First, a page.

by Curtison Badonie
Native American Heritage Month is a month that recognizes and celebrates the culture, traditions, history, survival and the existence of Native people. It is also an opportunity to educate and acknowledge the awareness of the challenges Native people have faced both historically and present. Furthermore, it allows us Native people to work to fight these challenges.
For many schools on reservations, they use this month to educate young native children and the general public of their culture, traditional roots, history, and survival of colonialism. While schools off the reservations, they use this month to either exclude the topic of Native Americans or celebrate it in a way that only reinforces Native American stereotypes based from Hollywood films and one-dimensional views of Native American existences. And this is the time some schools also educate their students with false information about Thanksgiving. As much as I would like to go on about how some schools inappropriately recognition and celebration of Native American Heritage Month with inaccurate information of Thanksgiving I want to focus this blog post on something I feel that is very important when we recognize and celebrate Native American Heritage Month.
This year (and every year), I feel it is relevant to include the history, contributions and existence of Native LGBTQ+ Two-Spirit relatives when recognizing and celebrating Native American Heritage Month. Before colonialism, many tribes acknowledged, respected and accepted LGBTQ+ folks within their community. They were/are tellers of the stories of creation, healers, counselors, teachers, warriors, weavers, sacred and other contributors that held their tribe’s culture and traditions.
Unfortunately, in many tribes today, homophobia, transphobia, and sexism are problems within our tribal communities. These forms of oppressions are the results of colonization and genocide that won’t accept womxn as leaders and/or LGBTQ+ Two-Spirit folks. Furthermore, the acknowledgment, respect and acceptance of LGBTQ+ folks have been obliterated from Native American history and Native American origin stories. In many tribal communities, we see LGBTQ+ Two-Spirit relatives attempt escape suicide, self-harm, and leaving home to urban communities. In fact, “this relocation disrupts sacred kinship relations with not just our people, but also our lands.”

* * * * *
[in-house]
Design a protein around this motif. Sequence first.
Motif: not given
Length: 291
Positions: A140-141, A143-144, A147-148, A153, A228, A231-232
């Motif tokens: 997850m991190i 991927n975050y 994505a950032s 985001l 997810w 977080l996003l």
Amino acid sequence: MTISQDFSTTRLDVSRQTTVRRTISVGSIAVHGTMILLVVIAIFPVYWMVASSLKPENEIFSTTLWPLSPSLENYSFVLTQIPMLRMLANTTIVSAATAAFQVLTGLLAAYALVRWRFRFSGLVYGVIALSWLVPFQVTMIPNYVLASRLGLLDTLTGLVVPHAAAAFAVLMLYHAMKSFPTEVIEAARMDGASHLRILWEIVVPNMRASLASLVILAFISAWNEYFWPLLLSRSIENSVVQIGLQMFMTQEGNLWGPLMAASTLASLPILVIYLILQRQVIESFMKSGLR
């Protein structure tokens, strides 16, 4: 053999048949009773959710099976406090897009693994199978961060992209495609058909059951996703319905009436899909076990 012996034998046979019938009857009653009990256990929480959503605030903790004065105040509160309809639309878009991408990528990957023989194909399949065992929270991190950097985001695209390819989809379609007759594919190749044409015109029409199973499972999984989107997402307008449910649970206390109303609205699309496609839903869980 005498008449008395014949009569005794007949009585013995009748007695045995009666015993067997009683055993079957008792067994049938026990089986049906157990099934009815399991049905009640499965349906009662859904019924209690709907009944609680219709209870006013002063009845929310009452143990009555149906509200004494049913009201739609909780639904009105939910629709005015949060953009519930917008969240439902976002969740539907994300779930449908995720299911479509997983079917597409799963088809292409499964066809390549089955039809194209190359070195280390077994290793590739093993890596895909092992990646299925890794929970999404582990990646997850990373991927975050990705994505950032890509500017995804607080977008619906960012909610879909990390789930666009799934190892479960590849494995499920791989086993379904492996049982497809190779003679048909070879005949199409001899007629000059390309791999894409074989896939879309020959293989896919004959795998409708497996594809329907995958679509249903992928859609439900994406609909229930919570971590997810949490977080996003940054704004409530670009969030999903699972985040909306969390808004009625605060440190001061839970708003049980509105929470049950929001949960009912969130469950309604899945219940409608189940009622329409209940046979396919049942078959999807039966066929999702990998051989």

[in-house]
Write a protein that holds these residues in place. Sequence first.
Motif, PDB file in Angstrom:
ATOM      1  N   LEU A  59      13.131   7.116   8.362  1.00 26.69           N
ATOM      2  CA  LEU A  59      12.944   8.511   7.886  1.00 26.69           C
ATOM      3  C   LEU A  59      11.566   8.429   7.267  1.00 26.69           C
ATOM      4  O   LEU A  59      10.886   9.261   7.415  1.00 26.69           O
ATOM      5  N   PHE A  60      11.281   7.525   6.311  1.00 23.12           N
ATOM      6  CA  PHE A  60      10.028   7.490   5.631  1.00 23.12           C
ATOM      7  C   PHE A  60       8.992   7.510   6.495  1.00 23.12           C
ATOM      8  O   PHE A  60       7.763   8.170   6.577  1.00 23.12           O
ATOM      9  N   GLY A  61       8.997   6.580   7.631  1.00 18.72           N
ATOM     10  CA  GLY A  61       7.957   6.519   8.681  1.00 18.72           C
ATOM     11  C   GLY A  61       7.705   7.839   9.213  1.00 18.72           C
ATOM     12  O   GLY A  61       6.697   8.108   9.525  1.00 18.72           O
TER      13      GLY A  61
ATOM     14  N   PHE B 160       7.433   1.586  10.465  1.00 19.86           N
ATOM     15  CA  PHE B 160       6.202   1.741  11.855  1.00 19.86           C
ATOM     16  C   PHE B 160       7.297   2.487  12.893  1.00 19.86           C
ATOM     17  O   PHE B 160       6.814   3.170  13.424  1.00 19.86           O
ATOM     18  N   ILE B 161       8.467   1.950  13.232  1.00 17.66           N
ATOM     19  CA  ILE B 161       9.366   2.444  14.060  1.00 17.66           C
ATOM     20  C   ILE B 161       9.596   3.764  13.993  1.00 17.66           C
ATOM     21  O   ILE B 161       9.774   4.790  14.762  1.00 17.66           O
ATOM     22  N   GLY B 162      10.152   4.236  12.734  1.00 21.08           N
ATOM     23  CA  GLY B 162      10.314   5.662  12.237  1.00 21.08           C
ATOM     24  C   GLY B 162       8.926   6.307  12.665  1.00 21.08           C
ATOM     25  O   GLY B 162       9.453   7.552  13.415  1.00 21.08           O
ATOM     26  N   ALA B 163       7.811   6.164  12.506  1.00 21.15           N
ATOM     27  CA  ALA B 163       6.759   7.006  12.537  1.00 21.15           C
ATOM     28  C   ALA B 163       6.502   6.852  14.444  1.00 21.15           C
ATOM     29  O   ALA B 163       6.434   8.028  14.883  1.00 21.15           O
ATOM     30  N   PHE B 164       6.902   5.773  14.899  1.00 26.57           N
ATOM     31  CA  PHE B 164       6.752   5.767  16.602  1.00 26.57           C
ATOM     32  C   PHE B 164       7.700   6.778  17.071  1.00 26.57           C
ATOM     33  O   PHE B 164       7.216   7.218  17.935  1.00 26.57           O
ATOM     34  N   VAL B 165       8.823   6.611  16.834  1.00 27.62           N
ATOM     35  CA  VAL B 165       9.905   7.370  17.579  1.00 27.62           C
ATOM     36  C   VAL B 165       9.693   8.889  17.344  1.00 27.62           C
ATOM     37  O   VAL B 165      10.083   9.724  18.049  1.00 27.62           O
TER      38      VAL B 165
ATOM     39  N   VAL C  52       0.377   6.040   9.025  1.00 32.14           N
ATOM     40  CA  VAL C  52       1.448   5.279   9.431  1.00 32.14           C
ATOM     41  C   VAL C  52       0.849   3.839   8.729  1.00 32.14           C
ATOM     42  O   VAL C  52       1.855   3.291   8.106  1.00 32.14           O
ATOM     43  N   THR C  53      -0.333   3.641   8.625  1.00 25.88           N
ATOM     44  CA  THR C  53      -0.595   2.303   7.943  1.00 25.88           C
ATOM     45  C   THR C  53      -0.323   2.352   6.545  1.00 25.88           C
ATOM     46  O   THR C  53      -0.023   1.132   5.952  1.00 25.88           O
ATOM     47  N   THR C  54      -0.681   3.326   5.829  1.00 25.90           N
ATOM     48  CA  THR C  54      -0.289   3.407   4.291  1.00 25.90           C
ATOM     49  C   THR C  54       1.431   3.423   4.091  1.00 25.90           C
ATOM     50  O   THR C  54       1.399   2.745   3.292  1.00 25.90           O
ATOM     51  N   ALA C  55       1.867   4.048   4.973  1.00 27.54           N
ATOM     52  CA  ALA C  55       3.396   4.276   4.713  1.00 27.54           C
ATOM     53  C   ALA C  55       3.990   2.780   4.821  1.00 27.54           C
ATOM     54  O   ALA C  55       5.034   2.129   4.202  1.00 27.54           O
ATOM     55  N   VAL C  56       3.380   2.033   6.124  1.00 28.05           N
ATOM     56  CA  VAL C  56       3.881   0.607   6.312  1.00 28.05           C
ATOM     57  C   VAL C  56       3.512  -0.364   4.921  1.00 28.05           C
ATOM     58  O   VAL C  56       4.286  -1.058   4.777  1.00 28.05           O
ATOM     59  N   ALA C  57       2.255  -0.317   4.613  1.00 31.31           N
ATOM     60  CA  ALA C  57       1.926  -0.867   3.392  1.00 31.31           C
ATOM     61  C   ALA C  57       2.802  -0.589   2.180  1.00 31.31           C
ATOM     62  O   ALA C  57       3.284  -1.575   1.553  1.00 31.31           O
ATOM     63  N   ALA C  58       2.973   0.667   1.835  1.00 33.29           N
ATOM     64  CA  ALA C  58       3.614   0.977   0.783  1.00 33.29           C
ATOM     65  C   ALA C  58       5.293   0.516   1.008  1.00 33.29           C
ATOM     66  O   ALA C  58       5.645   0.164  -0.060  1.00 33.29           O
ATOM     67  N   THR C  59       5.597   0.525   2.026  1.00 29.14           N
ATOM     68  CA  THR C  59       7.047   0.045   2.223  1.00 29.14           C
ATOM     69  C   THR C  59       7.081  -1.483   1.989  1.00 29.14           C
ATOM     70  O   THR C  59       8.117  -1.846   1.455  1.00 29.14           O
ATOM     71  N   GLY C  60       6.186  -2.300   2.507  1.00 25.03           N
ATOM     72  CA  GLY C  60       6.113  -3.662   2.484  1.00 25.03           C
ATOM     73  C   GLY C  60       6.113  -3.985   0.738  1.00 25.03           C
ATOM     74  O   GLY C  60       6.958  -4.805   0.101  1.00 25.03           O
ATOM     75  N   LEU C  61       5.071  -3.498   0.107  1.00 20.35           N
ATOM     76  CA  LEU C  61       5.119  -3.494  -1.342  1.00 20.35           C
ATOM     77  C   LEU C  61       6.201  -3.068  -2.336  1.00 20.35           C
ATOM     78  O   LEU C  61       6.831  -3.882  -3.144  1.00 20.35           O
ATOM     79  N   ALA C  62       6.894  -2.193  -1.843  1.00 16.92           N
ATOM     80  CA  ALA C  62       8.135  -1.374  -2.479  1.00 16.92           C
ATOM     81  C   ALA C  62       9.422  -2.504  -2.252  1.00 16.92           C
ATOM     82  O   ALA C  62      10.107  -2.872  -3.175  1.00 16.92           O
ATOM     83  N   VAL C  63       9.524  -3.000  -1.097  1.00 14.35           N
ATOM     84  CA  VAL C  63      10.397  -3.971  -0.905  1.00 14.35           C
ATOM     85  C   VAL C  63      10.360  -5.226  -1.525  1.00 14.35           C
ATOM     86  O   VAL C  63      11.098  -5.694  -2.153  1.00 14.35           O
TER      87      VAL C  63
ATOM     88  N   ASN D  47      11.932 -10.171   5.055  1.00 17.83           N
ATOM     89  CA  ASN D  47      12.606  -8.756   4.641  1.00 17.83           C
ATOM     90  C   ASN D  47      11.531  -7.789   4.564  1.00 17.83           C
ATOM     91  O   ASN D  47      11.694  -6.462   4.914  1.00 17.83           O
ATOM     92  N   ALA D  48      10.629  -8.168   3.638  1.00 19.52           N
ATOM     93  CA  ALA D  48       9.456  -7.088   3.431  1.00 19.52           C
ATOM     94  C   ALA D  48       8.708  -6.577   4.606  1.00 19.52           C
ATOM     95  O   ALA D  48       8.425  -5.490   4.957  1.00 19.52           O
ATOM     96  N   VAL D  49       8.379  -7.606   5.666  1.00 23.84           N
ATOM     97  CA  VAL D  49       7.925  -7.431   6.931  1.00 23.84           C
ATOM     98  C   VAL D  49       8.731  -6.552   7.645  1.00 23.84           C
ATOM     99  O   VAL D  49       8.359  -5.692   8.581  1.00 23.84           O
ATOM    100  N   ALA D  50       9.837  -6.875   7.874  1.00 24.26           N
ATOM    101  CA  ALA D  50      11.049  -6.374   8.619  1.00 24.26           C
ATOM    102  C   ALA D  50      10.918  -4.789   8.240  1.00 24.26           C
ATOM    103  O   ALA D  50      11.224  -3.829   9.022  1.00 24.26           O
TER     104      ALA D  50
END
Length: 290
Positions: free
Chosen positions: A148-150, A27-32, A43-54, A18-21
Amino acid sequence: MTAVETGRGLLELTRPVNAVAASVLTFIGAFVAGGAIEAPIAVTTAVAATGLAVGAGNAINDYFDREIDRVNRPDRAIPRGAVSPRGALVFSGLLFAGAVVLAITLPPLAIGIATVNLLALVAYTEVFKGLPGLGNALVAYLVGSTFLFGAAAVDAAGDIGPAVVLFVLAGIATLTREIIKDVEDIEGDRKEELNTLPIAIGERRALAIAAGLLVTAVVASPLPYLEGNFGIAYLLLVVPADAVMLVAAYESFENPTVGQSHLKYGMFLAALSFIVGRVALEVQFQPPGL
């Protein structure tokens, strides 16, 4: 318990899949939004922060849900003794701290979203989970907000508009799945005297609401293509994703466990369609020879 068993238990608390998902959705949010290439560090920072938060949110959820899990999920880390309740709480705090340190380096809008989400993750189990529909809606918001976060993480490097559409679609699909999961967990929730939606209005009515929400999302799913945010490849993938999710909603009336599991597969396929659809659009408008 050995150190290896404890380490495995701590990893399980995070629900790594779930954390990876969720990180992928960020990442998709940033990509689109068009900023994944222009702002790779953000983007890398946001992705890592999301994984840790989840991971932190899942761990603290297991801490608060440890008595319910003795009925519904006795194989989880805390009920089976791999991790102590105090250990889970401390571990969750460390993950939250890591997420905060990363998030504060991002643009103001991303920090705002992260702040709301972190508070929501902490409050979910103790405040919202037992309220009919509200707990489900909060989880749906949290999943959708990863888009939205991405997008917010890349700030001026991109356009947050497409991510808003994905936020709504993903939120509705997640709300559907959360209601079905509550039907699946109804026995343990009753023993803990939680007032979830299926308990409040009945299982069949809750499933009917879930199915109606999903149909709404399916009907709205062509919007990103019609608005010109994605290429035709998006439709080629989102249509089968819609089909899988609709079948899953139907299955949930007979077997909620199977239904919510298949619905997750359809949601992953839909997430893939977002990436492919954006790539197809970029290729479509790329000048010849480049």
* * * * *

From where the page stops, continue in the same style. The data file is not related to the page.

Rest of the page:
In addition, November 20th is Transgender Day of Remembrance, which was started as a vigil to honor Rita Hester, a trans womxn of color who was killed in 1998. This year, Jamie Lee Wounded Arrow, 28 a native woman who identified as transgender and Two-Spirit from South Dakota and a member of the Oglala Lakota tribe, was the second reported murder of a transgender person in the United States. Therefore, when we talk and spread awareness of the Missing and Murder Indigenous Womxn, I feel it is important that we include our native trans sisters and LGBQ+ Two-Spirit relatives that are missing and/or murdered through colonial violence. According to Pink News (2017), “there have now been 24 murders of trans people this year  – which, with two months still to go, is already more than there were in either 2015 or 2016,” making this 2017 year “the deadliest year for transgender people in the US.”
In 2015, the Human Rights Campaign (HRC) addressed that the chances of facing discrimination, harassment and violence increase exponentially for transgender womexn of color, who also face racism and sexism. For many transgender womxn of color, the threat of violence is constant. Due to the lack of accurate and reliable data collection this makes it impossible for advocates to know how widespread violence against trans womxn is. But according to many research, trans womxn, especially trans womxn of color are more than likely to face violence.
Therefore, it is very important to include the history, education and acknowledgment of the existence of native LGBTQ+ Two-Spirit relatives in our tribal communities this Native American Heritage Month. In doing so, it will enrich our tribal history, traditions and create awareness of the violence that our native LGBTQ+ Two-Spirit relatives are facing. If we respect, acknowledge, and accept our native LGBTQ+ Two-Spirit relatives with open arms and love we can end the cycle of heteropatriarchal colonial violence on our native people.